Keeping your cat properly vaccinated against rabies is a must, as well as frequent de-wormings and parasite control like the once-a-month topicals. I apply the monthly topicals to my cats at night after the children have gone to bed and discourage handling of the cats for 24 hours. The flea growth regulators like Program have been shown to be very safe for both cats and the children that handle them. The ringworm fungus is a fungus carried by some cats that can infect children. While the fungus is irritating, it is not a serious health concern for healthy children and can be easily treated with a prescription anti-fungal cream. If you suspect that either your cat or child may have ringworm, you should seek out veterinary and human medical advice and care.
Cat bites or scratches are another common medical concern. Because of the risk of infection, particularly from the bacteria Bartonella henselae that can cause the serious infection known as 'cat scratch fever,' cat scratches and bites should always be treated seriously. Thoroughly clean and disinfect all scratches and bites, and seek immediate medical attention if there is any sign of infection, pain, or fever.
Preventing scratches or bites is crucial. Teach your children to handle and treat cats correctly. Use intervention to prevent bites and scratches. Young children and cats should never be left unsupervised, and be particularly cautious with stray or unfamiliar cats. If you have a cat that is intolerant or aggressive with children, seek out professional veterinary advice and training. Separation or placement in a home without children may be necessary in some cases.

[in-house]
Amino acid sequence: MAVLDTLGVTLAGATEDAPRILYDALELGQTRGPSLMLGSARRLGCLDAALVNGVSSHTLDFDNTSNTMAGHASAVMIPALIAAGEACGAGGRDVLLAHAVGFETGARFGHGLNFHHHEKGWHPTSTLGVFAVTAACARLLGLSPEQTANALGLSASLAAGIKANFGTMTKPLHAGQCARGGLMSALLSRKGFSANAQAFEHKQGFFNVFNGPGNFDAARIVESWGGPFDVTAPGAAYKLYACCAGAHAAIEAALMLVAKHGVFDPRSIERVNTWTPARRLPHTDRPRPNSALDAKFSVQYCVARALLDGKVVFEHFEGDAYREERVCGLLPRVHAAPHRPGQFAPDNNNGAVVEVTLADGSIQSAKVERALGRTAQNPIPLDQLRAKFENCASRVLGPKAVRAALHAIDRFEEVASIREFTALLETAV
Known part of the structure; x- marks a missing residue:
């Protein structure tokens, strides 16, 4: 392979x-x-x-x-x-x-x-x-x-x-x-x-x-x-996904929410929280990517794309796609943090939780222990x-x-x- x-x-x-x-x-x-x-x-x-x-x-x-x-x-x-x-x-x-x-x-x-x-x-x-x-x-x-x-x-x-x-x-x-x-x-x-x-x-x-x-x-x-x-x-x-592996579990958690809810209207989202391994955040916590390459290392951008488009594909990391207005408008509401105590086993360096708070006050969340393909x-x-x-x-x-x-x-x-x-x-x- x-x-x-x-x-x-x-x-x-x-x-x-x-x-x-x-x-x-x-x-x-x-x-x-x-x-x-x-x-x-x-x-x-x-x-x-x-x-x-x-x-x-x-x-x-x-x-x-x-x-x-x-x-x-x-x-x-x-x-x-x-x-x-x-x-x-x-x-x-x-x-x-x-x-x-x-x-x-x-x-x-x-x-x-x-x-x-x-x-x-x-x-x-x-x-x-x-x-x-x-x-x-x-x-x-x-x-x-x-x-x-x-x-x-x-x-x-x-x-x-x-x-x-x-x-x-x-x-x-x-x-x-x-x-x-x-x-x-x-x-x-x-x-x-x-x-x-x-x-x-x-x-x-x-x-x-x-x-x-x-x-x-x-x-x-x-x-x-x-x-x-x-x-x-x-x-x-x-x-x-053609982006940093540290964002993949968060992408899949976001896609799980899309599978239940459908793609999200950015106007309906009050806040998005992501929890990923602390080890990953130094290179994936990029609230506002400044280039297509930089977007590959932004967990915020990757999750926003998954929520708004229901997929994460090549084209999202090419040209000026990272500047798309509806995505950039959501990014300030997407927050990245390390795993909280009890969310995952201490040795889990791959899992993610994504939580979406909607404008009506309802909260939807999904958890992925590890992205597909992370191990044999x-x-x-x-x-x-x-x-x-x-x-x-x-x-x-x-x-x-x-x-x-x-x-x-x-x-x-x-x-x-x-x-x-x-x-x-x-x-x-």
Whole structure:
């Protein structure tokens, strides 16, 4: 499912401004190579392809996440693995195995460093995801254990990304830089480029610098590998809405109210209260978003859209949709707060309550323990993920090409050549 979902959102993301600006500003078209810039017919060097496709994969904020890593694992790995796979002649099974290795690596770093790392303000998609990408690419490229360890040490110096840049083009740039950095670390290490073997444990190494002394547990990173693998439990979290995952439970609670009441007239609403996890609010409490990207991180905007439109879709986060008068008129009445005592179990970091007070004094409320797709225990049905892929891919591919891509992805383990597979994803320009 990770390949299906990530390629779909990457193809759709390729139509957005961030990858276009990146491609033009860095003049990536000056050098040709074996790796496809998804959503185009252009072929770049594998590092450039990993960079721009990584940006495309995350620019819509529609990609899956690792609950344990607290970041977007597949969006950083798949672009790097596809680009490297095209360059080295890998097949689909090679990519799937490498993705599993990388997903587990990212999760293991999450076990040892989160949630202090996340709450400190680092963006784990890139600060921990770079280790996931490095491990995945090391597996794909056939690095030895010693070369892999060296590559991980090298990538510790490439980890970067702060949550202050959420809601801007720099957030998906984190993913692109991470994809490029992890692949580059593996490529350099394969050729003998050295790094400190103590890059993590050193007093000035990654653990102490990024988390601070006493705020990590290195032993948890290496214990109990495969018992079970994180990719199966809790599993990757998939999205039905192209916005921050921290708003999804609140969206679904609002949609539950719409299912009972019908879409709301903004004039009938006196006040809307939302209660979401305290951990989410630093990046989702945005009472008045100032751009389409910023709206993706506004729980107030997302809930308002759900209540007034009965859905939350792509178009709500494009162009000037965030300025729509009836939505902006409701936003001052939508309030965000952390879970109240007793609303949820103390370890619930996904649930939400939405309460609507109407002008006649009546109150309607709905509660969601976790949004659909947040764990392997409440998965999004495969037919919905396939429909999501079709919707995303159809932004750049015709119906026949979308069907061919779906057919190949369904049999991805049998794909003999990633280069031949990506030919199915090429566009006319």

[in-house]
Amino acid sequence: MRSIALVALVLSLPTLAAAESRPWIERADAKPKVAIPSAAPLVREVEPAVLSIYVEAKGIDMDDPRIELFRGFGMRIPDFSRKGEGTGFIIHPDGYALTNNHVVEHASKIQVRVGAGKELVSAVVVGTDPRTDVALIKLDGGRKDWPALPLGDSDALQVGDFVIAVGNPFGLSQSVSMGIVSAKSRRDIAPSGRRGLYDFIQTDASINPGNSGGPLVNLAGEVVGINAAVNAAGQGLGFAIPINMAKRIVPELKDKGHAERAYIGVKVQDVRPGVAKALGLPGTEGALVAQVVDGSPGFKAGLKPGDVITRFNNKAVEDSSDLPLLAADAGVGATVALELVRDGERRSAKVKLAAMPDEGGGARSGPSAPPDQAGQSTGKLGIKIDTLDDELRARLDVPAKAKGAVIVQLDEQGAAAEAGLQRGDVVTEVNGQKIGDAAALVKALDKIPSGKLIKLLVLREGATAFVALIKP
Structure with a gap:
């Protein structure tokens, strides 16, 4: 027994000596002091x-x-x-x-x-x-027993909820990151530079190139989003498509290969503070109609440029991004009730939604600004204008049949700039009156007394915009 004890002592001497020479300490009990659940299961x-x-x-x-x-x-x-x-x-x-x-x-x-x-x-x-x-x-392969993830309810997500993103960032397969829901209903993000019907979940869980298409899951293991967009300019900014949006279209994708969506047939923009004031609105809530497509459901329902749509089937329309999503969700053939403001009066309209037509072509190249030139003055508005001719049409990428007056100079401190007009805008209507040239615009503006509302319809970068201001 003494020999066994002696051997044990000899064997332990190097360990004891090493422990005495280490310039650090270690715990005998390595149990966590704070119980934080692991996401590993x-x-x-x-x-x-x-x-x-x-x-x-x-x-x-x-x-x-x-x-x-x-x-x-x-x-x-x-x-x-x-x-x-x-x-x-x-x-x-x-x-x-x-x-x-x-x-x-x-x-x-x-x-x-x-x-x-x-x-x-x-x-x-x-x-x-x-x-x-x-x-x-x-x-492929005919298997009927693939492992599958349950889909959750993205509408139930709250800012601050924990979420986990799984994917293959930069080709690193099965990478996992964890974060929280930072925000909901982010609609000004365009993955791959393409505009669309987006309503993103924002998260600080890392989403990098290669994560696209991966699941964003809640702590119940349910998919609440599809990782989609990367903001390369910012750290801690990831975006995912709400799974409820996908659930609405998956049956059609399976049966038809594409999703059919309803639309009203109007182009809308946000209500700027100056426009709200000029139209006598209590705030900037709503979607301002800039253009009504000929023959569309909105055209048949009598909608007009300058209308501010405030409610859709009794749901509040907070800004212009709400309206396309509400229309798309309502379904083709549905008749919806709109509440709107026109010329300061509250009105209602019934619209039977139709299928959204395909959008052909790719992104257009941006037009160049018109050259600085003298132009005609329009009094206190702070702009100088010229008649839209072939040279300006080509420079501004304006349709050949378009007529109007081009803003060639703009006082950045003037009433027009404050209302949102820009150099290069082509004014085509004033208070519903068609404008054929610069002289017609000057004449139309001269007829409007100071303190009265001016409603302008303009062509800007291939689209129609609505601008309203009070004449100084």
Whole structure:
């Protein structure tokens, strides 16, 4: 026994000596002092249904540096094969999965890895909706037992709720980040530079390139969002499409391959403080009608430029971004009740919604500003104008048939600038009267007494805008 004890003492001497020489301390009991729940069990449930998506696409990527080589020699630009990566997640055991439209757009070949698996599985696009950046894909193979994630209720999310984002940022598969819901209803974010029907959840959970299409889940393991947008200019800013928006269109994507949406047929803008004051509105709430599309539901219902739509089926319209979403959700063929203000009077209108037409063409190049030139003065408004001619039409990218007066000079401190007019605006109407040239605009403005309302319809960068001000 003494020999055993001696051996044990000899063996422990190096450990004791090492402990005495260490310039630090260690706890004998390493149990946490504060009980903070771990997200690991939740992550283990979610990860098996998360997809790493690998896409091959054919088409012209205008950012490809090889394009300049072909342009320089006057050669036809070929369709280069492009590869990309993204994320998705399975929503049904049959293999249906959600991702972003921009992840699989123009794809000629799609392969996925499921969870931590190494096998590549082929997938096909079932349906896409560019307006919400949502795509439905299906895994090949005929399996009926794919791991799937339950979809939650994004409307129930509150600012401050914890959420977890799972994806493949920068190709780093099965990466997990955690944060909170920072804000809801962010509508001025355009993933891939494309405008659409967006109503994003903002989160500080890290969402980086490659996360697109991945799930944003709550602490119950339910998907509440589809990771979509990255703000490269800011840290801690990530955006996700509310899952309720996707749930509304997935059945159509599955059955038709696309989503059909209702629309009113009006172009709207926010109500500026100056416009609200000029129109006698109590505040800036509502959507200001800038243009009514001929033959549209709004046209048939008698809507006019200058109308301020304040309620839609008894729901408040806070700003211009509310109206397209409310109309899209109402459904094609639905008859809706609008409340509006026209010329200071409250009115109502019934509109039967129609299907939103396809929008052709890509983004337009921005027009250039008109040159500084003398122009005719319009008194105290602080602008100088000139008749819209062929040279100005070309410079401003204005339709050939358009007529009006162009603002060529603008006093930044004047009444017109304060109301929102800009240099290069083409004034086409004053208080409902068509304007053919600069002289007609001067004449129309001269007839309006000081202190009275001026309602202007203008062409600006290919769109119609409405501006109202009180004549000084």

Simple solutions for common problems
The following is a list of some common cat-child problems that arise and a list of possible solutions.
The child wants to play in the litter box.
Children can develop wonderful relationships with their cat. To help ensure that, follow some good common sense precautions and choose the right cat at the right time for your child. Both the child and the cat require a huge investment of your time and energy. You will find that if you can devote the time to both, your rewards will be far greater than anything money could ever buy.